During our Fall Writing Bootcamp, we've been sharing our best advice on getting ready for NaNoWriMo (or any new writing project) from how to come up with story ideas and how to pick your next story project to how to have a successful, positive NaNoWriMo experience. Today's post is the last in this series. We hope you've found this series helpful!
Today, we're talking about getting unstuck when you've hit the wall, when you can't think of what to write next, or when you can think of what you want to write, but the words won't get on the darn page.
First, we've all been there.
You're not alone, there isn't anything wrong with you. Sometimes you get ... stuck. That's okay, but the best thing you can do for yourself is to be kind and forgiving.
Beyond that, our crew has a few tips and tricks for getting the words on the page.
1. Take a walk.
When you're stuck, you might be tempted to check Twitter, Facebook, or Pinterest, but it's a dangerous choice. You may very well end up wasting hours scrolling through social media feeds. Or, even if you don't check social media feeds, staring at a blank screen and feeling guilty and/or crummy about not writing, won't help you either.
Picture us waving our cutlasses at you and saying: STEP AWAY FROM THE COMPUTER!
Close your laptop. Go for a walk, a run, a hike - get moving. Don't want to go outside? Clean something. Do jumping jacks. Play with your cat/dog. Make dinner or cookies.
Bottom line: break away from the computer. Either the change of scenery will jog your imagination and help you write when you sit down again, or at least you'll be doing something with your time you can feel good about.
BONNY KITTY CUTLASS (KATHRYN HOLMES)
The best way I have found to get unstuck is to keep writing. Something. Anything. Words on the page. And then, once that's done, to take a walk or do something entirely un-computer-tethered. I have had some of my best writing epiphanies in the middle of a contemporary dance class.
Also, have a good sounding-board in your life who is willing to talk out ideas and quandaries with you. My husband is great at this, and I have one friend from grad school who is almost always willing to have a lengthy g-chat about plot problems. :)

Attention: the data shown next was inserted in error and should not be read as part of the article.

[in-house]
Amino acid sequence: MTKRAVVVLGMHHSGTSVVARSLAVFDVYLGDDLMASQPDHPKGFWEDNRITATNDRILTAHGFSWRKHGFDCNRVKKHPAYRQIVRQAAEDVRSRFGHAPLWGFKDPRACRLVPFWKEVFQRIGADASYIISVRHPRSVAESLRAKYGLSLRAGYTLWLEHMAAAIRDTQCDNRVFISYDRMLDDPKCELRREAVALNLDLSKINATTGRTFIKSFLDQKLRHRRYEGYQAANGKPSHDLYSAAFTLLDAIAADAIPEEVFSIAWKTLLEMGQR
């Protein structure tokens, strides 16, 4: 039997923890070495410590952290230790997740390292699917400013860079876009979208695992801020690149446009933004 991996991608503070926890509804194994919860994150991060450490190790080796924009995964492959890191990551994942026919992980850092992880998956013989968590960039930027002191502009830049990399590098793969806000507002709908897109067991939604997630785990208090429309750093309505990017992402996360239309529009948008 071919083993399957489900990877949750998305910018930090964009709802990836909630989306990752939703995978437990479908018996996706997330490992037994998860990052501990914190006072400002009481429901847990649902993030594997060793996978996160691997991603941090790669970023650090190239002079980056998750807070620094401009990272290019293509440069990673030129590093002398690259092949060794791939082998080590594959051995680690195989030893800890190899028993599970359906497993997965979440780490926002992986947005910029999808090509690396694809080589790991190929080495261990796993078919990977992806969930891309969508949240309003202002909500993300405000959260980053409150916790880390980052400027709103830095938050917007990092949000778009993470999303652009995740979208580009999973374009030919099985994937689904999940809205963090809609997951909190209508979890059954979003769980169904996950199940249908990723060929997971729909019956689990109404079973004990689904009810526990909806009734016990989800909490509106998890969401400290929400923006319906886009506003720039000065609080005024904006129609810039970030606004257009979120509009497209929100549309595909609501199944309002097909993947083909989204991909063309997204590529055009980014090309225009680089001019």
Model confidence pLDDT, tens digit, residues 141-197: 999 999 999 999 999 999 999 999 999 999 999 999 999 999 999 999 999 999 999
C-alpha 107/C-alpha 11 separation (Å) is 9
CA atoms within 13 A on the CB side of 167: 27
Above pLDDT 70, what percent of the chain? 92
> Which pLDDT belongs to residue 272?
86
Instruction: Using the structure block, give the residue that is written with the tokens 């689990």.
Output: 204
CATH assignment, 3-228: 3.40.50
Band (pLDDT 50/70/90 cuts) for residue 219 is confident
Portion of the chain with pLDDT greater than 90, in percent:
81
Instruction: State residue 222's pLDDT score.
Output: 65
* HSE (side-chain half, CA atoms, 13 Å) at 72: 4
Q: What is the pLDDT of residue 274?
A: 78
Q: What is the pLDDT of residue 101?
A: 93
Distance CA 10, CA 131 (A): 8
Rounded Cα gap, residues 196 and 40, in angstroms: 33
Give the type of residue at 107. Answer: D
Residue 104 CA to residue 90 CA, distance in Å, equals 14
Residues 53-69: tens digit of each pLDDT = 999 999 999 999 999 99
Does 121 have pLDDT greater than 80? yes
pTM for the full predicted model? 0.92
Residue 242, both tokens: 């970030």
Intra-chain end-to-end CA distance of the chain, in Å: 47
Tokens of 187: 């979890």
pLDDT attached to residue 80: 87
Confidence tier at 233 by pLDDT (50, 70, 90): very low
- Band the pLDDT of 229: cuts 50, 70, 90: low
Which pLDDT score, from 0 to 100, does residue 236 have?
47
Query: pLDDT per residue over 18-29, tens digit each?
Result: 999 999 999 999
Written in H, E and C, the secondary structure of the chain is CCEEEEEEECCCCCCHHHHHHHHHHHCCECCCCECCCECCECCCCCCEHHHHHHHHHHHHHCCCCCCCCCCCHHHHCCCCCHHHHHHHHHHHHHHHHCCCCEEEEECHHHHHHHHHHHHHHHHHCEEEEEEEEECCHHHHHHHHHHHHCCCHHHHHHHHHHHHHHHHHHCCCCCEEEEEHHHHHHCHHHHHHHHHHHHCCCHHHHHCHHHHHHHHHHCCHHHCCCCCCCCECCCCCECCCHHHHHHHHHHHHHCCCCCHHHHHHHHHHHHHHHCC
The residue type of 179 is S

Which is an excellent segue into our next tip:
2. Talk about it.
Sometimes we're stuck because we can't figure out how to "fix" our story. Perhaps you have a plot hole and aren't sure what to do about it. Or your character's motivation is fuzzy. Find a friend, loved one, or fellow writer, and ask them if you can chat with them about your problem. Even if they aren't a writer, simply saying your problem out loud might help you figure out how to fix it. They might also see a solution, or make a suggestion that gets your creative juices flowing again.
Psst: Be sure to thank your kind listener. Perhaps the cookies you made after step one would do? ;)
3. Shake things up.
Let's set up a scenario: You're participating in NaNoWriMo; it's day fifteen, and you've been doing great so far. But then disaster strikes. You hit the dreaded middle and you. Are. Stuck. *cue screaming, hair pulling, growling at family members*
Try this: Pick a scene you *can't wait* to write. Even if it's the climax or the ending, and you're only a third of the way through to book. Write that seen you are SO excited to write. Jumping to a new point in your story might give you the extra energy and motivation you need to get back into the story.
JAS KETCH, SIREN OF THE SEYCHELLES (KRIS F. OLIVER)
I get stuck if I try to write everything in order, beginning to end. If I get stuck, I don’t make myself get unstuck, instead I just write whatever scene I want to write when I want to write it. I can stitch it all together later in the “edit” phase. (hopefully) But for me, I feel it’s better to keep moving even if I’m not necessarily moving in a forward direction.
4. Turn off your inner editor.
We have an entire post about how to turn off your inner editor, the voice that tells you your word choice is lacking, or pressures you to write faster, snappier dialogue, or that you really should do more research. That voice is great for when you need to edit and revise. When you're drafting? It can do more harm than good. Worse, it can make you feel like you can't write a word because it won't be good enough.
If you struggle with your inner editor, then read Bonny Kitty Cutlass' post, How to Quiet Your Inner Editor.
5. Just keep writing.
Whether you call it getting stuck, hitting a wall, or writer's block - we all experience it. The writers who keep going -- no matter how terrible they *think* their manuscript is -- are the writers who hit The End.
Curly McGee (G. Myrthil)
The only way out is through. You have to keep pushing forward, even if you've hit a wall. If I got really stuck on a scene but knew I still had to write a certain number of words that day, I would skip to a new scene and start writing that instead. I think the only way to get through challenges like NaNoWriMo is to never let yourself stop writing until you reach your goals! Eventually you'll get past that wall and you'll feel good that you still made progress.
We'd love to hear your advice about how to get unstuck when you're writing. Jump in the comments and tell us what works best for you!